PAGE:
Puerto Rican residents to report their Foreign Financial Accounts (“FFA”)

The Law 52-2022 added Section 1061.25 to the Puerto Rico Internal Revenue Code of 2011, as amended (“Code”), to require all Puerto Rican residents to report their Foreign Financial Accounts (“FFA”) in which they have a financial interest. This requirement became effective starting in the tax year 2022.

The Puerto Rico Department of Treasury (“Department”) introduced the FFA Individual Schedule (“FFA Schedule”) as part of the Individual Income Tax Return Form 482 (“Tax Return”) for this purpose.

Key Points:

  1. Maximum Amount Calculation: Taxpayers must identify the maximum value each FFA had during the calendar year being reported. The value is determined in the FFA’s functional currency. If the account holds assets other than cash or a combination of cash and other assets, the maximum value is an approximate good-faith estimate of the highest value during that calendar year.
  2. Crypto Assets: Crypto assets are included in the definition of “financial accounts” subject to disclosure. Crypto assets include digital assets whose transfers are verified or records are maintained using blockchain technology, such as cryptocurrencies, virtual currencies, stablecoins, and non-fungible tokens (NFTs). Accounts held in unregulated exchanges or decentralized exchanges (DeFi) must be reported on the FFA Schedule.
  3. Reporting by Married Taxpayers and Minors: Married taxpayers filing jointly should specify the account owner as “Taxpayer,” “Spouse,” or “Both” on each FFA Schedule. Spouses filing separately or married taxpayers with total property separation agreements report only the FFAs they hold individually or jointly.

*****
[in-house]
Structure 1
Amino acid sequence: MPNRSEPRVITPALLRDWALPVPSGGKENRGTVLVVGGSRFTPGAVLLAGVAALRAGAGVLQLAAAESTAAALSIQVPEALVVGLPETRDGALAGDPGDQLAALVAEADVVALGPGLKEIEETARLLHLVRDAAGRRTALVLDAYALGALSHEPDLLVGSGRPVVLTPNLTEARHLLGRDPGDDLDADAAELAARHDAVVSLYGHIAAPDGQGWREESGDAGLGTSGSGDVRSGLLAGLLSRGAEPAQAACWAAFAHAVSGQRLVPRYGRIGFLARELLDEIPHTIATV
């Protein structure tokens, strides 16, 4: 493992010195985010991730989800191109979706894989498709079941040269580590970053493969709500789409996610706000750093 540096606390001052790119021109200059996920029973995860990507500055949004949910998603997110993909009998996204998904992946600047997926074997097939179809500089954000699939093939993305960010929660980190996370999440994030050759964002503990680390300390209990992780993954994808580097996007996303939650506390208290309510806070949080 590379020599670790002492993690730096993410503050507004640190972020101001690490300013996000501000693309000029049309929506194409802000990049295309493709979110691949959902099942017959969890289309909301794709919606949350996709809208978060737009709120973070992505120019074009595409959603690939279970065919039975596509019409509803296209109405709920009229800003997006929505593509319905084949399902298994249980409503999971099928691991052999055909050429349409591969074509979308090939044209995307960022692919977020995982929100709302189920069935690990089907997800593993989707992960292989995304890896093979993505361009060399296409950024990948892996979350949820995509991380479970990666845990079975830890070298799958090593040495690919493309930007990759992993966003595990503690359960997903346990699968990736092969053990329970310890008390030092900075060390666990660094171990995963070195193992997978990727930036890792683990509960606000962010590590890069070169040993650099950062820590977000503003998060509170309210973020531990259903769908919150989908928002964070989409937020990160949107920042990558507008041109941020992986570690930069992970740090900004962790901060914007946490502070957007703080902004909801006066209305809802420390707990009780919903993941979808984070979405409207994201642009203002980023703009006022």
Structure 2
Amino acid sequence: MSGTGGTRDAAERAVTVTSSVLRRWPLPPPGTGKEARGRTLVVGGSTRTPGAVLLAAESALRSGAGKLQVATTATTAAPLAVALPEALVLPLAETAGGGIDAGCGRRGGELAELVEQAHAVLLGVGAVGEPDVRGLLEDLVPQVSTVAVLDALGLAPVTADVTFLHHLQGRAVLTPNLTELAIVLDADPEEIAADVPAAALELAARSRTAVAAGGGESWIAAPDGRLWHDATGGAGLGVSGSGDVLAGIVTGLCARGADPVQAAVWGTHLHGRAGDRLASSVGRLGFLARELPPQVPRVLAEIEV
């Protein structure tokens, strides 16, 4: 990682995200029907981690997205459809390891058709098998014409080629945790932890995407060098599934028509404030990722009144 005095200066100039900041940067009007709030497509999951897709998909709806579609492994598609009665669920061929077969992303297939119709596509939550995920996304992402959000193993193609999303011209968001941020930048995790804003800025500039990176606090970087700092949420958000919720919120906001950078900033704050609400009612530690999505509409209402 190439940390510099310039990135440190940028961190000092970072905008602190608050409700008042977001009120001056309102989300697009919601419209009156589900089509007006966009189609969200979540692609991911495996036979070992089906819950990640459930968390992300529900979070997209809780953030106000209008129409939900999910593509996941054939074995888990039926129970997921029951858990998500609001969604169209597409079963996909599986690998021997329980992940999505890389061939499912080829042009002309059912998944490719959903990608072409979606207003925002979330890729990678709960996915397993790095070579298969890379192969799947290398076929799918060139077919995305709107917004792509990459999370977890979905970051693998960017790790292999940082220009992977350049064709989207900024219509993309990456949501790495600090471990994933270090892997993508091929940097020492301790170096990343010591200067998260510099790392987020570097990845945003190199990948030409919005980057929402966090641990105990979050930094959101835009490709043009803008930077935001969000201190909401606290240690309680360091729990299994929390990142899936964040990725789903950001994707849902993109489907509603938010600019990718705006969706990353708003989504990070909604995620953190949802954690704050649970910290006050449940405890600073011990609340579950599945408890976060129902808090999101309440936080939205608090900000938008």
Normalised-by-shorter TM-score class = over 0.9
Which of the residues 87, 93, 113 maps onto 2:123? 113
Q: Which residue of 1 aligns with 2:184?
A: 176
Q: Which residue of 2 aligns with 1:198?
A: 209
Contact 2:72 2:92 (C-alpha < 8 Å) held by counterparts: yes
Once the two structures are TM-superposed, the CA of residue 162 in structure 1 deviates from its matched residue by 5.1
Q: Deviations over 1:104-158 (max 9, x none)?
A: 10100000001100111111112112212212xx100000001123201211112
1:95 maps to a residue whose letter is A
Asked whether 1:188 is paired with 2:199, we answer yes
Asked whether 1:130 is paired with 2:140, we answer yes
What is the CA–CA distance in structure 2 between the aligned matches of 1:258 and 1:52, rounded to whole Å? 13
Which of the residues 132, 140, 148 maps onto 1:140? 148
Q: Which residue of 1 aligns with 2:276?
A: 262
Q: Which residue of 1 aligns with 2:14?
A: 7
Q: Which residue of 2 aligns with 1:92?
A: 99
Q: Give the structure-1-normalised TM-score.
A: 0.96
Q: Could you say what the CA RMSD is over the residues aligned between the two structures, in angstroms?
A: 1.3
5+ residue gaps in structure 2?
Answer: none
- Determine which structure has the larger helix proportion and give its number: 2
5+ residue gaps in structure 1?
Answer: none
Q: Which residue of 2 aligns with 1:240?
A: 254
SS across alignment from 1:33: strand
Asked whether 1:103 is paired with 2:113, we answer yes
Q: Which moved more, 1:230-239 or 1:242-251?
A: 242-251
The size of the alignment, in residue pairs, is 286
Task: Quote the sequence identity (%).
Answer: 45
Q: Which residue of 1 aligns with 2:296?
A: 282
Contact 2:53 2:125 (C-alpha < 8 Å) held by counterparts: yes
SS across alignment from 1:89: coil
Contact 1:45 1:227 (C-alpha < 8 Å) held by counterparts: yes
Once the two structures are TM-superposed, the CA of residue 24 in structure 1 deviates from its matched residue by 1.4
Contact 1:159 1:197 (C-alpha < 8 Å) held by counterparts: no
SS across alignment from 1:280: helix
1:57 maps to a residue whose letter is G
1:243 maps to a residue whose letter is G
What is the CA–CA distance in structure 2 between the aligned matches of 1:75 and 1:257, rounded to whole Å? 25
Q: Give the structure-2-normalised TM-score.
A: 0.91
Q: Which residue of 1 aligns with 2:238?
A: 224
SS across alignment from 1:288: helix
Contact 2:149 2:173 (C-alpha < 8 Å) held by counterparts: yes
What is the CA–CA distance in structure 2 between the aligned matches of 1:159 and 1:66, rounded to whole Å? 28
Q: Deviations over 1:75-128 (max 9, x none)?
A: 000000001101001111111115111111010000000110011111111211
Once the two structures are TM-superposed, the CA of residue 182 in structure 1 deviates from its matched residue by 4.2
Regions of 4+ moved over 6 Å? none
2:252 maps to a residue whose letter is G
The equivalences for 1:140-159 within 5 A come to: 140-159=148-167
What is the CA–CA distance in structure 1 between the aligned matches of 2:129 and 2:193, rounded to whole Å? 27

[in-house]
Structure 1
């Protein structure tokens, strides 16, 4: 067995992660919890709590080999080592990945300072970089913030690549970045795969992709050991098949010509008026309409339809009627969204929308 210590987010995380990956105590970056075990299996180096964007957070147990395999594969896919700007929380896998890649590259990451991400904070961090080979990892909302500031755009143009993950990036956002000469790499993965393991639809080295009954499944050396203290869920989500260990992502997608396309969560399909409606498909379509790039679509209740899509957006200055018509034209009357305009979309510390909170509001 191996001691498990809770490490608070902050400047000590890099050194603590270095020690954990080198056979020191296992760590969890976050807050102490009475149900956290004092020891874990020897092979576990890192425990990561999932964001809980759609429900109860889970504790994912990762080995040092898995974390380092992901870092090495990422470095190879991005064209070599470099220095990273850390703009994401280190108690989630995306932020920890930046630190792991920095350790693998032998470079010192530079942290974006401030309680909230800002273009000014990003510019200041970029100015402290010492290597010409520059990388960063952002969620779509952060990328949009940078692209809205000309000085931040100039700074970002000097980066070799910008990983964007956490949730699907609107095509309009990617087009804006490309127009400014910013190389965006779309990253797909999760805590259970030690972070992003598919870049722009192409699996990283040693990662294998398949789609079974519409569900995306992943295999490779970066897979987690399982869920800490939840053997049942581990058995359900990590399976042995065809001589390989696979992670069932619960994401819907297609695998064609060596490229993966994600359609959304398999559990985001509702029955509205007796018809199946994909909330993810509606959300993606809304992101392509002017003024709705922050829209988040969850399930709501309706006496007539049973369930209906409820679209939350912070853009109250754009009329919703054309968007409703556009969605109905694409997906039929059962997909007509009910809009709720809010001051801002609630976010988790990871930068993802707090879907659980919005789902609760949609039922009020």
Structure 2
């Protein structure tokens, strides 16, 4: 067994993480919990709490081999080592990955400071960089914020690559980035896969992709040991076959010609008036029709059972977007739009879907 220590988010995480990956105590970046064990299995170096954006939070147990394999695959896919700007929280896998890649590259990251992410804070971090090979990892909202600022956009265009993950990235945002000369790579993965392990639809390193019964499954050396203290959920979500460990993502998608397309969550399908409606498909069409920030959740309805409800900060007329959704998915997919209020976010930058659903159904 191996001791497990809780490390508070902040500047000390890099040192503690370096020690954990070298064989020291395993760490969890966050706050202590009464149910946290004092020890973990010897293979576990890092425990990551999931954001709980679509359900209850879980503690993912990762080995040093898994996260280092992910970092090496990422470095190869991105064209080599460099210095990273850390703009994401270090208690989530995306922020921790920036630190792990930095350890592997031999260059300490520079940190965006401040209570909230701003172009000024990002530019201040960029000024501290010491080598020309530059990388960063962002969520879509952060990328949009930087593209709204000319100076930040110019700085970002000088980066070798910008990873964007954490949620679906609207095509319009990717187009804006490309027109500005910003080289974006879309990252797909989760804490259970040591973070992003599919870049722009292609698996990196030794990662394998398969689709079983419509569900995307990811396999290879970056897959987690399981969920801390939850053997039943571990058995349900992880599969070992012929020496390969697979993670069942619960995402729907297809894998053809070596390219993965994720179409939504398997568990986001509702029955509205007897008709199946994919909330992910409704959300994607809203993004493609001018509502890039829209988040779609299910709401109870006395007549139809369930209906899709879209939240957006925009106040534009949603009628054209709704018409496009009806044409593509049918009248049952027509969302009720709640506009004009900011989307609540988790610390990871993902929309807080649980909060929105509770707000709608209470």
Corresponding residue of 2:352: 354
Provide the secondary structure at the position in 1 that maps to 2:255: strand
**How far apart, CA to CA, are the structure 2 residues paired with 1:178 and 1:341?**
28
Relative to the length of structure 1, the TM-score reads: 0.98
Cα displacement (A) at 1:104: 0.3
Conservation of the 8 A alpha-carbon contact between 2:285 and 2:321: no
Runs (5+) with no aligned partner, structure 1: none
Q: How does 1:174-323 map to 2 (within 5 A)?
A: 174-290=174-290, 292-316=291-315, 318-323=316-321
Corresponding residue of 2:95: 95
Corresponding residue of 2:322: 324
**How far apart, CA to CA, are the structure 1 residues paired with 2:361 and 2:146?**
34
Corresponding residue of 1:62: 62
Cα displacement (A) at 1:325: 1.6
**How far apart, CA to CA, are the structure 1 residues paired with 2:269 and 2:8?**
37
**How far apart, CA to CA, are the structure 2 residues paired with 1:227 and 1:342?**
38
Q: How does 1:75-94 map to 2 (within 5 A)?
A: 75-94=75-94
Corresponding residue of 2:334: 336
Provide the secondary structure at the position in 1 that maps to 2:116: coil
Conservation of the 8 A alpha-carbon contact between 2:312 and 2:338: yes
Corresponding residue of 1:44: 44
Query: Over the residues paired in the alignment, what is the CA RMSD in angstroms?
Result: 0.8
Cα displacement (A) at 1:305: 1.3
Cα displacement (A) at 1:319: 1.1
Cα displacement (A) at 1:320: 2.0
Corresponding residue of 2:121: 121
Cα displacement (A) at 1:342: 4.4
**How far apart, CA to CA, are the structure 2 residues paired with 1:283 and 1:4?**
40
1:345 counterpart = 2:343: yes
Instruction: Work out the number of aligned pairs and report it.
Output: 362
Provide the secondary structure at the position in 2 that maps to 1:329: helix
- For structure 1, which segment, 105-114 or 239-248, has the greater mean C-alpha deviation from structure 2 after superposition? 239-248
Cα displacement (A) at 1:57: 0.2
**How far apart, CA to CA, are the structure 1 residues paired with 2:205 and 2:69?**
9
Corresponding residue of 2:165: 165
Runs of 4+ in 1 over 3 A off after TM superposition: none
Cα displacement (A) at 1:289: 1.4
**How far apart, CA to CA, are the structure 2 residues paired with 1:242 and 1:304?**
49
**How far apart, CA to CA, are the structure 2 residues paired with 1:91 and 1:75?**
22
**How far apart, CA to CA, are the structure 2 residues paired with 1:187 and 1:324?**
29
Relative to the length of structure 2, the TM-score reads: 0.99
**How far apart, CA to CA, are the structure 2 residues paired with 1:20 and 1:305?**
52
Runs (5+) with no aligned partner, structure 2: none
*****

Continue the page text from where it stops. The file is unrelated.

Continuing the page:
4. Accounts Owned by Legal Entities: Tax reporting applies only to individual Puerto Rican residents. However, if an individual resident has direct or indirect ownership of at least fifty percent (50%) of the shares or voting or value participation in a legal entity that is the record owner of an FFA, the individual must report the FFA and indicate the entity’s name and the percentage of ownership.
  5. Excluded Accounts: Accounts with a maximum value during the calendar year below $10,000, as calculated, are exempt from disclosure. Additionally, certain accounts, such as government accounts, accounts held by individuals who are officials or employees of International Banking Centers or International Financial Centers, individual retirement accounts (IRAs), educational savings accounts, and retirement trusts are exempt from disclosure.
  6. U.S. Possessions and Military Bases: Accounts in U.S. possessions (e.g., U.S. Virgin Islands and Guam) are considered part of the United States and are not considered FFAs. Similarly, financial accounts in financial institutions on U.S. military bases are not considered FFAs, even if the branch is located outside Puerto Rico or the United States.

This Administrative Determination Núm. 23-03 is effective immediately.

It’s important to note that tax laws are subject to changes and revisions, and the information regarding this law may have evolved since its period of effectiveness. Therefore, it is essential to consult with an updated tax advisor in Puerto Rico for accurate guidance on how this law may affect your tax situation.

I hope this article was helpful. Is there anything else I can help you with? Feel free to reach out at [email protected] or 787-473-8985.

Disclaimer: The information provided on this website is for informational purposes only and is not legal or tax advice. You should consult with a qualified attorney or tax advisor to discuss your specific situation.

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